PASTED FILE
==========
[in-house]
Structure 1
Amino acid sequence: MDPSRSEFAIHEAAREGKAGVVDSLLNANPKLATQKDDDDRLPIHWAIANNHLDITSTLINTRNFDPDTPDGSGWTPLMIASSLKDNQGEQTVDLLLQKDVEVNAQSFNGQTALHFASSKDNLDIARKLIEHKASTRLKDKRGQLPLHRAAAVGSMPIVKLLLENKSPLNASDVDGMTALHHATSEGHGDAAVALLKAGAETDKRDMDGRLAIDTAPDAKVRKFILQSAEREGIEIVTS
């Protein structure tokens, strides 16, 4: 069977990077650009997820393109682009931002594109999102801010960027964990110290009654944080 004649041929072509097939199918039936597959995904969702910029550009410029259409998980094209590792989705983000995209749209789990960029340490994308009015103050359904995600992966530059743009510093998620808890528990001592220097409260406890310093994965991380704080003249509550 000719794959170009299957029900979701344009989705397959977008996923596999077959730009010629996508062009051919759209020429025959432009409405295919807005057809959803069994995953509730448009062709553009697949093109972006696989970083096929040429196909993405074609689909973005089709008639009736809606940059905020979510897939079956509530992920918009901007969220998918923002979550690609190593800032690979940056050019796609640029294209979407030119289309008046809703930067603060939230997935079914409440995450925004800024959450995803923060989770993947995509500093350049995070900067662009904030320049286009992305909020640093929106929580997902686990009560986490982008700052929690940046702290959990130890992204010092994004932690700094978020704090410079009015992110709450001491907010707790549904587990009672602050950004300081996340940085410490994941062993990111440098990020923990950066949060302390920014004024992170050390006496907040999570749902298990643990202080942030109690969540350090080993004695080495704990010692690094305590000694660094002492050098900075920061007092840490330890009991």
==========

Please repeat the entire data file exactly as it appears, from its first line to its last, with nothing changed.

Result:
[in-house]
Structure 1
Amino acid sequence: MDPSRSEFAIHEAAREGKAGVVDSLLNANPKLATQKDDDDRLPIHWAIANNHLDITSTLINTRNFDPDTPDGSGWTPLMIASSLKDNQGEQTVDLLLQKDVEVNAQSFNGQTALHFASSKDNLDIARKLIEHKASTRLKDKRGQLPLHRAAAVGSMPIVKLLLENKSPLNASDVDGMTALHHATSEGHGDAAVALLKAGAETDKRDMDGRLAIDTAPDAKVRKFILQSAEREGIEIVTS
């Protein structure tokens, strides 16, 4: 069977990077650009997820393109682009931002594109999102801010960027964990110290009654944080 004649041929072509097939199918039936597959995904969702910029550009410029259409998980094209590792989705983000995209749209789990960029340490994308009015103050359904995600992966530059743009510093998620808890528990001592220097409260406890310093994965991380704080003249509550 000719794959170009299957029900979701344009989705397959977008996923596999077959730009010629996508062009051919759209020429025959432009409405295919807005057809959803069994995953509730448009062709553009697949093109972006696989970083096929040429196909993405074609689909973005089709008639009736809606940059905020979510897939079956509530992920918009901007969220998918923002979550690609190593800032690979940056050019796609640029294209979407030119289309008046809703930067603060939230997935079914409440995450925004800024959450995803923060989770993947995509500093350049995070900067662009904030320049286009992305909020640093929106929580997902686990009560986490982008700052929690940046702290959990130890992204010092994004932690700094978020704090410079009015992110709450001491907010707790549904587990009672602050950004300081996340940085410490994941062993990111440098990020923990950066949060302390920014004024992170050390006496907040999570749902298990643990202080942030109690969540350090080993004695080495704990010692690094305590000694660094002492050098900075920061007092840490330890009991």